The Future of H1-B: More Readers Respond

 
 
By eweek  |  Posted 2002-07-08
 
 
 
More response from readers to "Storm clouds rise over H1-B"

Dear eWeek:

Wow you hit the nail on the head. I was just discussing this topic with my co-workers recently not knowing that this was something that had been brewin in others minds. We just went through a series of layoffs at our company over the past year and to my knowledge not a single H1-B was laid off. On my team I lost seven people and all where U.S. citizens, and the single H1-B we had on our team was not let go… There is no doubt in my mind that the people laid off, which where all good employees, could sue the company on grounds that they where discriminated against. Frankly it disgusts me. I was wanting to know if you know of IT support groups other than the one you mentioned in your article that cover California or the nation as a whole that gives a voice to IT workers? Again great article!

Sincerely,
BT

Dear eWeek:

I recently read your article regarding the status of H1-B workers in the US. Ms. Vaas, I believe that you have touched on a problem that is truly, truly a big problem. I have been in the IS consulting profession for over ten years now and fully believe that the program must be ended now. I believe that it is only a way for US corporations to get cheap labor, not better labor, just cheap labor. Why hire a more than qualified American worker for X amount of dollars when I can hire three H1-B visa workers for the same. US corporations complain that the talent pool in the US is not up to snuff so they must look overseas, that is ridiculous. For a fraction of the amount if they so chose they could invest that money into American children, American schools and groom(ing) our own talent. However, why invest in America when you can (get) cheap, supposedly disposable talent for less (?) …If this program is not scrapped America as a whole will suffer.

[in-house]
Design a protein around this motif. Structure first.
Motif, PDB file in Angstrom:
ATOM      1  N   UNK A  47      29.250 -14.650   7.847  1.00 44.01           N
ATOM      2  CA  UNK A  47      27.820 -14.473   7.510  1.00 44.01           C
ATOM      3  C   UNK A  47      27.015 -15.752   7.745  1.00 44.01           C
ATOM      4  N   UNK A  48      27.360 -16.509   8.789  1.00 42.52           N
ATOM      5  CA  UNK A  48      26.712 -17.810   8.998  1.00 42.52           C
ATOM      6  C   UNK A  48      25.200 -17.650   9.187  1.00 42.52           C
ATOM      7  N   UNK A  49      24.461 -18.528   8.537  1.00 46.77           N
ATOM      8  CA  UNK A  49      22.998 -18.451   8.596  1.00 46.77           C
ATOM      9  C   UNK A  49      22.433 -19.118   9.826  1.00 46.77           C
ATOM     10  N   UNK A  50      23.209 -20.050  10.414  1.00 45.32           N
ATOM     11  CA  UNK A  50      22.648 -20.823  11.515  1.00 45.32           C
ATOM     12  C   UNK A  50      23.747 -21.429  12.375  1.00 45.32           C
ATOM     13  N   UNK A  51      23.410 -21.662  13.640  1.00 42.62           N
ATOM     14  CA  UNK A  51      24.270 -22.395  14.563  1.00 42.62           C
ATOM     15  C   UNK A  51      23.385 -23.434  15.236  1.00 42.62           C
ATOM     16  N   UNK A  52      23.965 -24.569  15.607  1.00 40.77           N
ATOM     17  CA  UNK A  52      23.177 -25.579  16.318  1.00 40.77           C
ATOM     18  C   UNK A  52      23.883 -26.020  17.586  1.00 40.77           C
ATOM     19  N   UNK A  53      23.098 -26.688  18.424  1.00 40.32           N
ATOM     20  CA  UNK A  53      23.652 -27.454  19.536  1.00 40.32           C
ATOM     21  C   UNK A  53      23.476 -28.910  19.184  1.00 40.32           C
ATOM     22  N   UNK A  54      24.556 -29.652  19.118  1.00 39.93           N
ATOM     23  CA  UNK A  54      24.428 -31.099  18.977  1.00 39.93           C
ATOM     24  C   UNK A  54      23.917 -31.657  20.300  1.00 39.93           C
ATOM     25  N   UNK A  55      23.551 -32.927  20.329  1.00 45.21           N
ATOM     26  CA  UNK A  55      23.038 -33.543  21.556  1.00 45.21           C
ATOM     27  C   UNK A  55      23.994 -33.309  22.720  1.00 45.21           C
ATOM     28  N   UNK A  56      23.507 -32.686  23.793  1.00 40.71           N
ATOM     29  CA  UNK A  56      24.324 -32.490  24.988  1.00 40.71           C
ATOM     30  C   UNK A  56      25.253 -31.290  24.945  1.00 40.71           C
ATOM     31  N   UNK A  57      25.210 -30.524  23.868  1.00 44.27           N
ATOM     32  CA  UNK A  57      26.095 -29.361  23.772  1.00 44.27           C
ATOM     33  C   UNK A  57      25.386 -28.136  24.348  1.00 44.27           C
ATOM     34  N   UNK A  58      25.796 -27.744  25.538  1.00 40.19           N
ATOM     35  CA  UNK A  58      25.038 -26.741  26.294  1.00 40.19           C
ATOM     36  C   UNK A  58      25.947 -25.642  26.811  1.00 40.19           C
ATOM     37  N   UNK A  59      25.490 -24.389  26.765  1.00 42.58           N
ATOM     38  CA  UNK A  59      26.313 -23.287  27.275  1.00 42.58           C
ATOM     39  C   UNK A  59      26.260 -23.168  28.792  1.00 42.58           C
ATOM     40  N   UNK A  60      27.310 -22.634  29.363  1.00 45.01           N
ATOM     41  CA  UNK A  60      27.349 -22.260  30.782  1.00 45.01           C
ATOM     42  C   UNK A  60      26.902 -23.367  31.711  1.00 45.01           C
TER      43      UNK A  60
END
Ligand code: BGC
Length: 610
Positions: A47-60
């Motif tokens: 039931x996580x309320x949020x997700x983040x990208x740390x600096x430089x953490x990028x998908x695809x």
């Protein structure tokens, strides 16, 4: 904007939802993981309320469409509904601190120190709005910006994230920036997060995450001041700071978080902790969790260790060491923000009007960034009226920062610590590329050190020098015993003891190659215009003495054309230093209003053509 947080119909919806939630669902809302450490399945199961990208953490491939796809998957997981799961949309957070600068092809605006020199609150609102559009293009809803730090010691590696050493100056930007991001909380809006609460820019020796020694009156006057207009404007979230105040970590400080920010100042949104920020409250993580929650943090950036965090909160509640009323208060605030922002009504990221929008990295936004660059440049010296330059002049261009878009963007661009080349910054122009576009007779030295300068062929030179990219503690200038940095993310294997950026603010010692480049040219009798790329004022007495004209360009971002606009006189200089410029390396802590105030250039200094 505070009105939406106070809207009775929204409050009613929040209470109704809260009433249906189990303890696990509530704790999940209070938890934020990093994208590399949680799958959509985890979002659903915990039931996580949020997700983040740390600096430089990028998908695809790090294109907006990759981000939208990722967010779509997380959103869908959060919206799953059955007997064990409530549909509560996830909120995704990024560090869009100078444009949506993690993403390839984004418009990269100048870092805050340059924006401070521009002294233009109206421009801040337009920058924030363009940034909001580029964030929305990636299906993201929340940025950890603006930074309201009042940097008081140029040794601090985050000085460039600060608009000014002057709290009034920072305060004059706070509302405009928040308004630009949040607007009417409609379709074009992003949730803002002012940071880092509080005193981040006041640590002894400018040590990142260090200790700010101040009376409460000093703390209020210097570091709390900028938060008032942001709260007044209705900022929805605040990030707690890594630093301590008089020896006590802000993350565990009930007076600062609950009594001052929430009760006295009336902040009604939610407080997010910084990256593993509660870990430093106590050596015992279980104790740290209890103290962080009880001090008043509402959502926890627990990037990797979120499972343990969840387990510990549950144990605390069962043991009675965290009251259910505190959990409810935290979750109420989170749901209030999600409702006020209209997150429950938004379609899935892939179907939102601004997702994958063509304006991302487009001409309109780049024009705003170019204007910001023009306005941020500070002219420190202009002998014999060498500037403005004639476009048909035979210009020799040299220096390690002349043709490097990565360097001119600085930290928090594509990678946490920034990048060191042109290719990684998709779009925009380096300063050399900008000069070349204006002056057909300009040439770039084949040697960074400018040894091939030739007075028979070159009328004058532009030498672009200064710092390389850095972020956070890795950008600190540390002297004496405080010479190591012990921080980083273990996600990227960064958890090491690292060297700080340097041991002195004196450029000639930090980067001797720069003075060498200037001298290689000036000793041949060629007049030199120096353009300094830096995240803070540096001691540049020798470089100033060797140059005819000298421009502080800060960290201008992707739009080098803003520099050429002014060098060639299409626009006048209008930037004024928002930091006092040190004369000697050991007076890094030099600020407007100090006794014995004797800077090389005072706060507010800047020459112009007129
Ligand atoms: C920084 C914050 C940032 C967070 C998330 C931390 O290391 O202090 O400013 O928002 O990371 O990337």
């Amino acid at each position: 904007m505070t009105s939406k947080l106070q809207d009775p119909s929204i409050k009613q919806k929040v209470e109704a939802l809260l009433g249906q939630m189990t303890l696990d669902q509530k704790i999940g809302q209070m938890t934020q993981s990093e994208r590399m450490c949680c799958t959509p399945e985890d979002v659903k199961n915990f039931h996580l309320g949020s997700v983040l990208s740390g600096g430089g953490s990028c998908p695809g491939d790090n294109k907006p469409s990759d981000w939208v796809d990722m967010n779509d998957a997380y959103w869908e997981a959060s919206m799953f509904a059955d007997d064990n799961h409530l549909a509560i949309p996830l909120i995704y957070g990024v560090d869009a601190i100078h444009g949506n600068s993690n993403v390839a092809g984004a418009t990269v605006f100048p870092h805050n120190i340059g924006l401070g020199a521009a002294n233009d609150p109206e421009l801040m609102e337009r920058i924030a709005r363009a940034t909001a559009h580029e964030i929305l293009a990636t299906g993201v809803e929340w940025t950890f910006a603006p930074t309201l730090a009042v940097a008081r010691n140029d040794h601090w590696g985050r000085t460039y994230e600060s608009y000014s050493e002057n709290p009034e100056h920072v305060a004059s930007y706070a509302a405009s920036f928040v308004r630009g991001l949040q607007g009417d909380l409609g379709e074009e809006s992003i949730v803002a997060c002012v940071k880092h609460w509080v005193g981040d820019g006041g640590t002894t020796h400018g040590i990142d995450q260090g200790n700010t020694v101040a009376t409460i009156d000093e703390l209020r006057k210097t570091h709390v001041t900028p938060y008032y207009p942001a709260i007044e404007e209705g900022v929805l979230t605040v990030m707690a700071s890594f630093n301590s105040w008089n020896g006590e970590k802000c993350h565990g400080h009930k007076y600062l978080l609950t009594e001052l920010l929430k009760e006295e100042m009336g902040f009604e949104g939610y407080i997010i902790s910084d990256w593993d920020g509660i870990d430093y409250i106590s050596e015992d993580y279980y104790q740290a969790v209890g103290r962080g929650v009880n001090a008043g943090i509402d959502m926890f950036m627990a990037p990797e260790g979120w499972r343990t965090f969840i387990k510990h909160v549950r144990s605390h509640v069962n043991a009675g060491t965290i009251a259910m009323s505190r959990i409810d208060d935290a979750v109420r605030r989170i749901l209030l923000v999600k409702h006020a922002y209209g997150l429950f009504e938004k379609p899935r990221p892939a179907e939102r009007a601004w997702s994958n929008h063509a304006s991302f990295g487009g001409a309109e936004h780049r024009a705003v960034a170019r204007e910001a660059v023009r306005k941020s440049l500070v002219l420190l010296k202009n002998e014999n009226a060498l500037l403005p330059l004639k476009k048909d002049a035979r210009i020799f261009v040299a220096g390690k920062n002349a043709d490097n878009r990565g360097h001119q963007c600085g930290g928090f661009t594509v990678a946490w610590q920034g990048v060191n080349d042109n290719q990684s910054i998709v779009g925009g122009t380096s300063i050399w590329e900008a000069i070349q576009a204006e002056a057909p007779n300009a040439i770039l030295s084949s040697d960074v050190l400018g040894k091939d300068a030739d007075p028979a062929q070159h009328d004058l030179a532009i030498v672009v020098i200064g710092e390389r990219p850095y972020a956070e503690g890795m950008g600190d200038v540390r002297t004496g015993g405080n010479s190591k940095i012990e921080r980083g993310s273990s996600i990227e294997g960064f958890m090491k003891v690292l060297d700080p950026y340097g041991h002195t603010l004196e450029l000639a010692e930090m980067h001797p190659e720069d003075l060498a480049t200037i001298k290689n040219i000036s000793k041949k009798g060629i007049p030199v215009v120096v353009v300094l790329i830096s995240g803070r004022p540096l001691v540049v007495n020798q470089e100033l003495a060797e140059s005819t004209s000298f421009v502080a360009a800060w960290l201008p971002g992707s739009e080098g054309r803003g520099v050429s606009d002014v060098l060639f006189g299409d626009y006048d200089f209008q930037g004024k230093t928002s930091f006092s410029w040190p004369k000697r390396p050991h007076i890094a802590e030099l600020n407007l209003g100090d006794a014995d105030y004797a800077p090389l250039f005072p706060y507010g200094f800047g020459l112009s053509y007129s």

Ralph Mucerino

Dear eWeek:

What is happening to the H1-B fees all these employers are paying? I was told the fees would be used to train Americans to get them the skills needed for technology jobs. Well, where do we get in line? My congressman certainly doesnt know.

Jim Gaynor

Dear eWeek:

I am reader e week print edition. I like your articles on current trend and future of IT jobs. Sometime I send those articles to my younger brother who is working as software engineer in India too. I am Mechanical Engineer from India working in Minneapolis on H1-B visa.

After reading current week article on H1B visa, I was very surprised and shocked. I believe like me there are many genuine and hard working engineers came from different country leaving their county and relatives for better future here. They work hard and stay here for 6 years and if lucky get green card too. I am completely against reducing H1-B visa cap as it is not the solution for better security or safety of this great country. Government has to develop some kind of better system to check the entire individual before granting any visa permission... I strongly believe that it is not only technical expertise exchange between countries but also cultural and social exchange between countries for better tomorrow. Looking at todays economic downturn, company is thinking 100 times before recruiting an individual (H1-B or local). People who wants to make this great country even more better should not be restricted by visa cap.

Aalok Gautam

Dear eWeek:

Here in the Dallas area 2 out of 5 tech workers (various categories) are looking for a job. There is an overwhelming need to STOP the whole (H1-B) program until further investigation and definition of real need is completed.

WorldCom is another nail in the coffin. It is obvious the real shortage in this country is ethics. The last several years were all about greed. It is time to take a step back and make some tough choices. The tech workers who were too demanding must take some responsibility as well.

Marie Graziano

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